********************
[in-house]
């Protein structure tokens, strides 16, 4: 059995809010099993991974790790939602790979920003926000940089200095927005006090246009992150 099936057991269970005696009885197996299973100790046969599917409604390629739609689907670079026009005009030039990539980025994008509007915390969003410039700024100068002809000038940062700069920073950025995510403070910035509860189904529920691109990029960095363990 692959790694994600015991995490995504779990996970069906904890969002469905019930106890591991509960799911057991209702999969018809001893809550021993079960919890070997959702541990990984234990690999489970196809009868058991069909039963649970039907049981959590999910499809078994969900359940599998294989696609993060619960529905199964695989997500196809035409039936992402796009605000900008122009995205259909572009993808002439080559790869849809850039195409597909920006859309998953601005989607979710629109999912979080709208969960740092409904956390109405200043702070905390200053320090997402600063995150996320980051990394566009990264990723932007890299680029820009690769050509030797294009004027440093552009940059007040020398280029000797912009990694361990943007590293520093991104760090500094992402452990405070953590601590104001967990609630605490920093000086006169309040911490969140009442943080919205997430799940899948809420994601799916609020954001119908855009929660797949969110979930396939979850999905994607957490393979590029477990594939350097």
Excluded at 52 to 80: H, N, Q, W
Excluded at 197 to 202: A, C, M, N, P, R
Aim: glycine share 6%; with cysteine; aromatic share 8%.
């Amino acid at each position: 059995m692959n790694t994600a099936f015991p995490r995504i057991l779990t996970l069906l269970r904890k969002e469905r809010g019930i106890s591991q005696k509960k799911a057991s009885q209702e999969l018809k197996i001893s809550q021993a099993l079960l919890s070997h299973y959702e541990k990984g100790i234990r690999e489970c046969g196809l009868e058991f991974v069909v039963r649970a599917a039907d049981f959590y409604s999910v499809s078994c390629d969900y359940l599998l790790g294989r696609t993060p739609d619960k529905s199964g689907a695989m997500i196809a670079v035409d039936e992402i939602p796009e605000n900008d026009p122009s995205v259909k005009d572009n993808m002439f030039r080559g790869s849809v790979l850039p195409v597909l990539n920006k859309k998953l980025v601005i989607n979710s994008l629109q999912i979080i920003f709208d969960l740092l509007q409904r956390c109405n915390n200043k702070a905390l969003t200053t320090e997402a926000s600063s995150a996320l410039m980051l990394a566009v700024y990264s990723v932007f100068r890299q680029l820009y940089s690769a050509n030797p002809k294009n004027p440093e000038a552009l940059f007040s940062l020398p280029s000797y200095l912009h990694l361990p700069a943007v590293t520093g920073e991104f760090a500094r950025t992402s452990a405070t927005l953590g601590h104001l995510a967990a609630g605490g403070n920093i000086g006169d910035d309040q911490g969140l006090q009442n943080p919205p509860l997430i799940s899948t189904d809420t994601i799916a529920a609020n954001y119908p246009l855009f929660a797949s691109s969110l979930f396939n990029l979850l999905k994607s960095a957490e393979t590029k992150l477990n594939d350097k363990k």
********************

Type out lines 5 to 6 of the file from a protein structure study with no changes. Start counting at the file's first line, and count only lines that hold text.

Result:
Aim: glycine share 6%; with cysteine; aromatic share 8%.
């Amino acid at each position: 059995m692959n790694t994600a099936f015991p995490r995504i057991l779990t996970l069906l269970r904890k969002e469905r809010g019930i106890s591991q005696k509960k799911a057991s009885q209702e999969l018809k197996i001893s809550q021993a099993l079960l919890s070997h299973y959702e541990k990984g100790i234990r690999e489970c046969g196809l009868e058991f991974v069909v039963r649970a599917a039907d049981f959590y409604s999910v499809s078994c390629d969900y359940l599998l790790g294989r696609t993060p739609d619960k529905s199964g689907a695989m997500i196809a670079v035409d039936e992402i939602p796009e605000n900008d026009p122009s995205v259909k005009d572009n993808m002439f030039r080559g790869s849809v790979l850039p195409v597909l990539n920006k859309k998953l980025v601005i989607n979710s994008l629109q999912i979080i920003f709208d969960l740092l509007q409904r956390c109405n915390n200043k702070a905390l969003t200053t320090e997402a926000s600063s995150a996320l410039m980051l990394a566009v700024y990264s990723v932007f100068r890299q680029l820009y940089s690769a050509n030797p002809k294009n004027p440093e000038a552009l940059f007040s940062l020398p280029s000797y200095l912009h990694l361990p700069a943007v590293t520093g920073e991104f760090a500094r950025t992402s452990a405070t927005l953590g601590h104001l995510a967990a609630g605490g403070n920093i000086g006169d910035d309040q911490g969140l006090q009442n943080p919205p509860l997430i799940s899948t189904d809420t994601i799916a529920a609020n954001y119908p246009l855009f929660a797949s691109s969110l979930f396939n990029l979850l999905k994607s960095a957490e393979t590029k992150l477990n594939d350097k363990k």